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Luxating Patella

ramiov

Savannah Kitten
Hi :),

I am new to Savannah Cat Chat and had a question regarding my 5 month old F6 Savannah. Recently I noticed her hind right knee appeared to be popping in and out when she moves around. I read up on sprains and came across something called a luxating patella, where the knee pops out and it looks exactly the same. I am just trying to see if anyone else has come across this and what their experience was. I am taking her to the vet soon to have it looked at. I read that only surgery can fix this and if this is in fact what she has then I am leaning towards surgery, but I just wanted to know how others would or have handled situations like this. From what I can see she doesn't seem to be in a lot of pain as she still runs and jumps, but I can see her constantly limping on it when it pops out frequently. Any thoughts, comments, or advice would be very helpful and much appreciated.

Thank you!:paw:
 

Pam Flachs

Savannah Super Cat
Hello and welcome! I am sorry to hear about your girl. I have no experience with the issue you are describing, but best to have it checked out by your vet. In the meantime, I would think limiting her jumping places might be a good idea, especially since you say she limps after her knee "pop" out....keep us posted!

BTW...would love to see pics of your girl :)
 

Rafiki

Site Supporter
That is a floating kneecap, right? A friend of mine had a Siamese cat with that problem at around 6 months of age. Surgery was needed but it did fix her right up. You should definitely have a vet check her out.
 

Patti

Admin
Staff member
Luxating patella is a condition where the kneecap becomes dislocated. It's more common in dogs but can happen with cats as well. Sometimes the cat will grow out of it depending on how serious it is, otherwise it needs to be corrected by surgery, which unfortunately can be expensive. Hopefully your kitty has a milder form and it will correct itself with exercise and a joint supplement such as glucosamine.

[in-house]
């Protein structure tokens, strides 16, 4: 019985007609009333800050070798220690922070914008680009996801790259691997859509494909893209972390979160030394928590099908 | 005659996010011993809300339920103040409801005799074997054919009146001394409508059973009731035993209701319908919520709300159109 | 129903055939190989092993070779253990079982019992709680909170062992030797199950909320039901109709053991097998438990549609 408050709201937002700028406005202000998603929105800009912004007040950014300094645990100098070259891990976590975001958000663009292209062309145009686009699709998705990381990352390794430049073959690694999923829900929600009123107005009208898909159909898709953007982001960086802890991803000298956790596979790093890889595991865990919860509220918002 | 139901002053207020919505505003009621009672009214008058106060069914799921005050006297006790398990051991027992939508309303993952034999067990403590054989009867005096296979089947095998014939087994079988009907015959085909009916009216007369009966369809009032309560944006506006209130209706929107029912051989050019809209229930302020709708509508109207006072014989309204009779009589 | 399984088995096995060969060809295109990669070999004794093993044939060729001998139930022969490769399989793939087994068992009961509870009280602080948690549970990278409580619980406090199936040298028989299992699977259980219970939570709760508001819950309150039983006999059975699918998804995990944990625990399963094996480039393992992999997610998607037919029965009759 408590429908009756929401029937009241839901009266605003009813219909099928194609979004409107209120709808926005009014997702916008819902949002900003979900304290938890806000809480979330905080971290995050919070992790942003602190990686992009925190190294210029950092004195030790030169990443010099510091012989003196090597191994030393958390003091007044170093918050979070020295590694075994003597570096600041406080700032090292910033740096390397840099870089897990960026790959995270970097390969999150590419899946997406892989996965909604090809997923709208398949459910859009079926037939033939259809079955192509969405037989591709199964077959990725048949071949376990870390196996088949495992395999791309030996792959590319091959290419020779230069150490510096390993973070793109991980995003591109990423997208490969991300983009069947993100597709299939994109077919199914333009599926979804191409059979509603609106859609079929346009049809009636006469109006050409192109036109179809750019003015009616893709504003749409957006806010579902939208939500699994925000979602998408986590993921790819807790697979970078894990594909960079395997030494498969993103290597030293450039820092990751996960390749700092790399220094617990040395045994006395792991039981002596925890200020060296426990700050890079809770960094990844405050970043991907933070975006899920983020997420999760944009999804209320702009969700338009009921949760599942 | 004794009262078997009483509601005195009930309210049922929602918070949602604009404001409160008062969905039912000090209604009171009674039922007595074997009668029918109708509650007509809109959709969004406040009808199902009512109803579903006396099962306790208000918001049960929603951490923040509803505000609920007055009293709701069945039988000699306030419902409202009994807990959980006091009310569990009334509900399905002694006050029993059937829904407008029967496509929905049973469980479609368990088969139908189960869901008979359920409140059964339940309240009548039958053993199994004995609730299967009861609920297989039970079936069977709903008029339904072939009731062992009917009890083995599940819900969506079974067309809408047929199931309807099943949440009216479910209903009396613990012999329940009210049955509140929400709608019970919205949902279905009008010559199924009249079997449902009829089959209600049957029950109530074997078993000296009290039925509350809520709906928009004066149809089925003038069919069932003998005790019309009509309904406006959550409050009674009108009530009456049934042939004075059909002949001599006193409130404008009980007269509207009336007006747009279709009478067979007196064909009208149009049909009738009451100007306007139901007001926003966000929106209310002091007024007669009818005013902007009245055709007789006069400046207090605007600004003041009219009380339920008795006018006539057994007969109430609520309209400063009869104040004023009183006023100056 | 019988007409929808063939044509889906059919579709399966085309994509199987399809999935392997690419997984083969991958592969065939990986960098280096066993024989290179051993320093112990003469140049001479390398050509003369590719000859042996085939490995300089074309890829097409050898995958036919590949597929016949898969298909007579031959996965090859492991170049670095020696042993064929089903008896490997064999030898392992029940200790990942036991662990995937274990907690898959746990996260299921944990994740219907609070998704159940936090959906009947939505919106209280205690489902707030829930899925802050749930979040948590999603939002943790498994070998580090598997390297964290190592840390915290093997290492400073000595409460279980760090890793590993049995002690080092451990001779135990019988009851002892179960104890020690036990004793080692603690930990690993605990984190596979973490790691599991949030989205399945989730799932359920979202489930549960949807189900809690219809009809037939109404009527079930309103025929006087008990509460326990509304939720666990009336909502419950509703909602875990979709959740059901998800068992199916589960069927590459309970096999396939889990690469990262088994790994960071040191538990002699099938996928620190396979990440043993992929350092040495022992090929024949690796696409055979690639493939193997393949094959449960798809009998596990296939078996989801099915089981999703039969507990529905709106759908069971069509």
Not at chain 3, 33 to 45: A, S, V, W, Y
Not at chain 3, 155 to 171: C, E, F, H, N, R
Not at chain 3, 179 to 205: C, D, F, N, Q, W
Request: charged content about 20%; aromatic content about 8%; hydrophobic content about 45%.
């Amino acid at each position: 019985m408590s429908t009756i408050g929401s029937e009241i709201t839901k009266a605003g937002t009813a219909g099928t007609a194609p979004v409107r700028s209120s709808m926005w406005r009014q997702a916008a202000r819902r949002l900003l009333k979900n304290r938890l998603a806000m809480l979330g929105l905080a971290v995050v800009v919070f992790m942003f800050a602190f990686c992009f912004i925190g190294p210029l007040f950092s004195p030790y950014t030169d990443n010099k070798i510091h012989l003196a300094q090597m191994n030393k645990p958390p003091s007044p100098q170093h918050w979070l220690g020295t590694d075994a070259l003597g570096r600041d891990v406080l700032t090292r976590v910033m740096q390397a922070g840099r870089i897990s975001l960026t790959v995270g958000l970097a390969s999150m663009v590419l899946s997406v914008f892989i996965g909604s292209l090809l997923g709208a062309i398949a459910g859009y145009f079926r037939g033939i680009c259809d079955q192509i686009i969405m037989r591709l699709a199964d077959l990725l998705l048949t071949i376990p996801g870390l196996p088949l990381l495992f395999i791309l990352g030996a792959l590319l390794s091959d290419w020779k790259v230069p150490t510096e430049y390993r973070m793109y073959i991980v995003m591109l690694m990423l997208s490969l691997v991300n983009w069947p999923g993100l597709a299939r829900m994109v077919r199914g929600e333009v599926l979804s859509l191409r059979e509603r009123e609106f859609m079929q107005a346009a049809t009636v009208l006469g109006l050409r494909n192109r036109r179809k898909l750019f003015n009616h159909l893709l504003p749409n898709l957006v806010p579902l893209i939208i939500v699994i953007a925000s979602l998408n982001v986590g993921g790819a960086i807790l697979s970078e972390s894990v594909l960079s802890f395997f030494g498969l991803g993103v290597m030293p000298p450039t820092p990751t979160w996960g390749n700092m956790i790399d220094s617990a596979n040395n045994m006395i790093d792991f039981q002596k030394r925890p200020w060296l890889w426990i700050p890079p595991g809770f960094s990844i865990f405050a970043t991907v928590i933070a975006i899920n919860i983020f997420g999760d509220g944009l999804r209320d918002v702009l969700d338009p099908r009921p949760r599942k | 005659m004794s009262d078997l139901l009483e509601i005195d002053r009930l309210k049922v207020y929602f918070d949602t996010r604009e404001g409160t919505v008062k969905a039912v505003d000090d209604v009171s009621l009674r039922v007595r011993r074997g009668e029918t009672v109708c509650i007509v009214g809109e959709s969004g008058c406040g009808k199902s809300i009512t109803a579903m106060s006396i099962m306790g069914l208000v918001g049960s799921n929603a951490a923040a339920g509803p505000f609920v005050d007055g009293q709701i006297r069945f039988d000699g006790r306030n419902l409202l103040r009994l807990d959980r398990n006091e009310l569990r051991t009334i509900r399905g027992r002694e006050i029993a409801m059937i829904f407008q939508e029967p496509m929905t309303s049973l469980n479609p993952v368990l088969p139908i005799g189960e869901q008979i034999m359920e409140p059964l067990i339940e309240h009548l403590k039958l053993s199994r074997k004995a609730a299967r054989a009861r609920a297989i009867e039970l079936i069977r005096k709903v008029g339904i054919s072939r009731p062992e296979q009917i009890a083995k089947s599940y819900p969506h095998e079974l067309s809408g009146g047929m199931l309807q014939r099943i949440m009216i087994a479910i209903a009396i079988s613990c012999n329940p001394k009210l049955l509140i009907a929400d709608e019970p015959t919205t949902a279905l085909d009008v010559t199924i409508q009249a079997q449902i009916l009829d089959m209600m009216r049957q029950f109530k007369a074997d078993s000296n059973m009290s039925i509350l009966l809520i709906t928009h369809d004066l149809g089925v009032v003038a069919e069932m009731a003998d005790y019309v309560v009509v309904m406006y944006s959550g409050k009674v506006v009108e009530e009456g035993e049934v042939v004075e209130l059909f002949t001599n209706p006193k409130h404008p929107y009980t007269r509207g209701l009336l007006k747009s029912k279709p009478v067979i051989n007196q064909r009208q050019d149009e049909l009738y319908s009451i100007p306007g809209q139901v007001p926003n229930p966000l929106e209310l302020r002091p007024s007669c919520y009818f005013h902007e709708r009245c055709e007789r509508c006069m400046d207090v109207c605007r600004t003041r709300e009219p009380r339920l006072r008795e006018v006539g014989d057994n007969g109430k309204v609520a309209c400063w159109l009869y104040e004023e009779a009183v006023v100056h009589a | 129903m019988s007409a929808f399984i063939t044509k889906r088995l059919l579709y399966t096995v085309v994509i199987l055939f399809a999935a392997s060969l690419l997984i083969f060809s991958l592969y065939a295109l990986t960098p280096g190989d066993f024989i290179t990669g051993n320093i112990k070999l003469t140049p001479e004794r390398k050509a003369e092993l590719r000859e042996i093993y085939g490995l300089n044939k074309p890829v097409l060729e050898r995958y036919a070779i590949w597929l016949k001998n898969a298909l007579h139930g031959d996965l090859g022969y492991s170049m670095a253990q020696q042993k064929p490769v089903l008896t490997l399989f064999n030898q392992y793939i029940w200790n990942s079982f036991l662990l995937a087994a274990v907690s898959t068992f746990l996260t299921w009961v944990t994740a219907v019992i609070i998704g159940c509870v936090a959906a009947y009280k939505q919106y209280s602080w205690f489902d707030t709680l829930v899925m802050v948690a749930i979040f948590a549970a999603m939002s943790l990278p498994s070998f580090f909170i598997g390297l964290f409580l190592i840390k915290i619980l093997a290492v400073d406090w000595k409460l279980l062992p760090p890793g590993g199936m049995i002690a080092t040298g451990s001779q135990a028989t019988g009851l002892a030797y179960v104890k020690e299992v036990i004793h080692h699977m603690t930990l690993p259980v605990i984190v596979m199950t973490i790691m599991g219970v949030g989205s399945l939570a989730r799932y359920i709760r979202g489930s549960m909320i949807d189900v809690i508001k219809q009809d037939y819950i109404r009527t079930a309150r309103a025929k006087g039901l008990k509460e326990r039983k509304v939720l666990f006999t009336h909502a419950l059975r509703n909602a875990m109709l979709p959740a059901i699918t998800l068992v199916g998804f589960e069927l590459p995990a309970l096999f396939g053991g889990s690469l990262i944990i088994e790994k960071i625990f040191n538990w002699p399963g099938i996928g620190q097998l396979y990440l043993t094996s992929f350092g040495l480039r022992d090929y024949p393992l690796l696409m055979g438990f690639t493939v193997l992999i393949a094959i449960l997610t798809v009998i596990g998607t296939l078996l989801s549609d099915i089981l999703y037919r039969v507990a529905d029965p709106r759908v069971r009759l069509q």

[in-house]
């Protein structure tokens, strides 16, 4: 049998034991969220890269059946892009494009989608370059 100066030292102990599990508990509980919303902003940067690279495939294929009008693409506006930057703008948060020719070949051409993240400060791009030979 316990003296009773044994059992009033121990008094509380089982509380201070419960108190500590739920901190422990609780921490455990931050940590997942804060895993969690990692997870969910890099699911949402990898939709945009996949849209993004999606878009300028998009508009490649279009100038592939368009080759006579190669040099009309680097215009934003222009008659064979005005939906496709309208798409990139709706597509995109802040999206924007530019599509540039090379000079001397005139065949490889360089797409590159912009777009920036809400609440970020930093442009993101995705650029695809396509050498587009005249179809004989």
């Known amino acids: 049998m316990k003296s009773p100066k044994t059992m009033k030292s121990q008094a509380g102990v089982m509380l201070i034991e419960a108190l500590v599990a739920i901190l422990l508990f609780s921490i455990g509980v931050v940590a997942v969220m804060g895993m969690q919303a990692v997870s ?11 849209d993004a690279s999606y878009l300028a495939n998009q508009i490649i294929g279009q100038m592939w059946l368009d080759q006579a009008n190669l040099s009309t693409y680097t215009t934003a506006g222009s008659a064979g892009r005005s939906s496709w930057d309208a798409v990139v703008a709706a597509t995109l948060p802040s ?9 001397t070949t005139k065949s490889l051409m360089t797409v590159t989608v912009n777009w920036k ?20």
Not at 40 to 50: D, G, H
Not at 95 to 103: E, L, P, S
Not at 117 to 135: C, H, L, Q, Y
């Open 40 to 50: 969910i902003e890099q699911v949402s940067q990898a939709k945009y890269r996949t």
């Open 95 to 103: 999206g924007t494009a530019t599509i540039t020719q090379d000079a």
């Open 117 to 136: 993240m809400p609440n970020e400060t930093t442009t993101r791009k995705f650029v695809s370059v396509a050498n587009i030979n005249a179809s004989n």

T

The Kasbah

Guest
Yes, Luxated Patella is a "floating kneecap." The condition can be brought on by injury, but is more often a congenital defect, where the inside of the kneecap fails to grow properly and is without the "grooves" that keep it in place. The condition is most common in small dog breeds, but occasionally also afflicts cats.
Animals affected by this either experience the "popping out" that you have described or in more severe cases, walk "cow hocked" with a "paddling motion."

While it MAY be possible for some kittens to outgrow the condition, more often than not, surgical intervention is required, due to the fact that continued activity places additional strain on the kneecaps and leg joints, which over time (our vet estimated 4-5 years...so pretty quickly) will develop into a painful arthritic condition and at that point, even performing the surgery will not reverse the damage done and the cat, who is still quite young, will suffer from arthritis pain for the balance of his/her lifetime.

Fortunately, although expensive, surgical intervention will correct the condition an is quite successful., will restore a normal gait and relive the unnecessary stress on the joint, which, over the long term will protect the animal from developing the painful arthritic condition.

Recovery after surgery takes approximately one month. The cat is typically kept with the vet for a few days "post op" and then returns home to convalesce, confined to a large crate to prevent strenuous activity until the healing is completed. Take home pain meds are administered for the first 7-10 days.

A kitten born here last fall suffered from this condition, so the experience I have recounted for you here is not only personal, but very recent. Our boy had his surgery at 5 months of age and was able to join his forever family one month later. His new people report that he is doing splendidly!

I hope that things turn out equally as well for your companion.


All best,
 

ramiov

Savannah Kitten
Hello and welcome! I am sorry to hear about your girl. I have no experience with the issue you are describing, but best to have it checked out by your vet. In the meantime, I would think limiting her jumping places might be a good idea, especially since you say she limps after her knee "pop" out....keep us posted!

BTW...would love to see pics of your girl :)
Hello and welcome! I am sorry to hear about your girl. I have no experience with the issue you are describing, but best to have it checked out by your vet. In the meantime, I